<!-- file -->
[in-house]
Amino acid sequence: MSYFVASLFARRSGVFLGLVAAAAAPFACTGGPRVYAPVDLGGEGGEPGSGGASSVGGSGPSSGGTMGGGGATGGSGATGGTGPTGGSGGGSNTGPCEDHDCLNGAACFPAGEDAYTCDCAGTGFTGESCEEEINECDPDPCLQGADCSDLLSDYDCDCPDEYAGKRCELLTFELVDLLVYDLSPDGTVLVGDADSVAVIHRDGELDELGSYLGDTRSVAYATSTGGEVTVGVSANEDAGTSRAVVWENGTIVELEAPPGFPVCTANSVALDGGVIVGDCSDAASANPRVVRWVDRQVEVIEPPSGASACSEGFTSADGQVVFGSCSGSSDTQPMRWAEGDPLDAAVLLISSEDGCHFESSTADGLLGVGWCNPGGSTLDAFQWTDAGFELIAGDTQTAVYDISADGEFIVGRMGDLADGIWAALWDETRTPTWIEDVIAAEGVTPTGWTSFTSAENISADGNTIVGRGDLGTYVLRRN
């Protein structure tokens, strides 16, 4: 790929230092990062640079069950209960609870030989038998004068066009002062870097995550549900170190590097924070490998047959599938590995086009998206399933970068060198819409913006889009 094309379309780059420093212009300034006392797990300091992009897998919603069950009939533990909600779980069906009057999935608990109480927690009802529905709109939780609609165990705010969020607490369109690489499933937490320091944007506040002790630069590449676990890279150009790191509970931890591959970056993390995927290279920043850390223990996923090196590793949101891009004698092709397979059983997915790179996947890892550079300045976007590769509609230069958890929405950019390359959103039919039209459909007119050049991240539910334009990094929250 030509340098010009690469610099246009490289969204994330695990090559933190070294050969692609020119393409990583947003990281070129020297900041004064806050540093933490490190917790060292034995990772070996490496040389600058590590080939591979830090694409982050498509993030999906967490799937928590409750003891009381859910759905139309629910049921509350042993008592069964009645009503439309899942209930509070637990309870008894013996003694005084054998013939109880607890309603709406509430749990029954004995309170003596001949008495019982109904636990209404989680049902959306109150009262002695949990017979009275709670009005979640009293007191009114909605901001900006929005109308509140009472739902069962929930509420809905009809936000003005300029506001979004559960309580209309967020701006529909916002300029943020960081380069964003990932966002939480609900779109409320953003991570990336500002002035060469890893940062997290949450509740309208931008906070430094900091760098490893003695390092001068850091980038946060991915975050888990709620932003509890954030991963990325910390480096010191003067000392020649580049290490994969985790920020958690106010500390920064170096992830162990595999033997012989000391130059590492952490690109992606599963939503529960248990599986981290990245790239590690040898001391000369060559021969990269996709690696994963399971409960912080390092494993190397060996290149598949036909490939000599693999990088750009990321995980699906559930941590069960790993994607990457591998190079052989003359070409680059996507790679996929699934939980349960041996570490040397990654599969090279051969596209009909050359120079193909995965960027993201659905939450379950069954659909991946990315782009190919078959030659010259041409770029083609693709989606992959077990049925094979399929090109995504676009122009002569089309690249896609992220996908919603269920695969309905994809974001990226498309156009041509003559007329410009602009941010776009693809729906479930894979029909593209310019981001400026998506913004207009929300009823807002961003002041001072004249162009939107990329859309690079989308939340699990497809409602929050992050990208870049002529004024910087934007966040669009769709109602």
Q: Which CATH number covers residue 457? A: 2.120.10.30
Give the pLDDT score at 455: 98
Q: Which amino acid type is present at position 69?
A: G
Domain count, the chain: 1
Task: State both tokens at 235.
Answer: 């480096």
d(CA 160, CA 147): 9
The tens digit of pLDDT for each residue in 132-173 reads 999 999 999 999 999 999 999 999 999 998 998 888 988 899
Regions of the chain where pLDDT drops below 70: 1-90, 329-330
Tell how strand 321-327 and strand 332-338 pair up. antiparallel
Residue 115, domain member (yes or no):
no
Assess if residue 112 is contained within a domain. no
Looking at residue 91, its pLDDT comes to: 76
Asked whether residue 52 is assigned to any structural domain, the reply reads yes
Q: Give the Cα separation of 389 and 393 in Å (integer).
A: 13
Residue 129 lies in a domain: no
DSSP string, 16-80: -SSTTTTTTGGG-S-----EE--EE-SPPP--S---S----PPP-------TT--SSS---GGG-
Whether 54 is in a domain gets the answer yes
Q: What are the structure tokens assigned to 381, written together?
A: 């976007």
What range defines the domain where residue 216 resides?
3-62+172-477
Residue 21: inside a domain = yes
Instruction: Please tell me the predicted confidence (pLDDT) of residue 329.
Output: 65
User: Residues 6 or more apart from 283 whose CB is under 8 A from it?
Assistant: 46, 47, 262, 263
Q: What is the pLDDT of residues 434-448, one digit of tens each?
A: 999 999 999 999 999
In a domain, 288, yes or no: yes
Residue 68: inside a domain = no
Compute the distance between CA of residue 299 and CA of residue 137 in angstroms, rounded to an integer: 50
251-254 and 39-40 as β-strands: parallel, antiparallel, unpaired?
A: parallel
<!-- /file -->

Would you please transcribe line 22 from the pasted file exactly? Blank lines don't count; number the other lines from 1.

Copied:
Residue 129 lies in a domain: no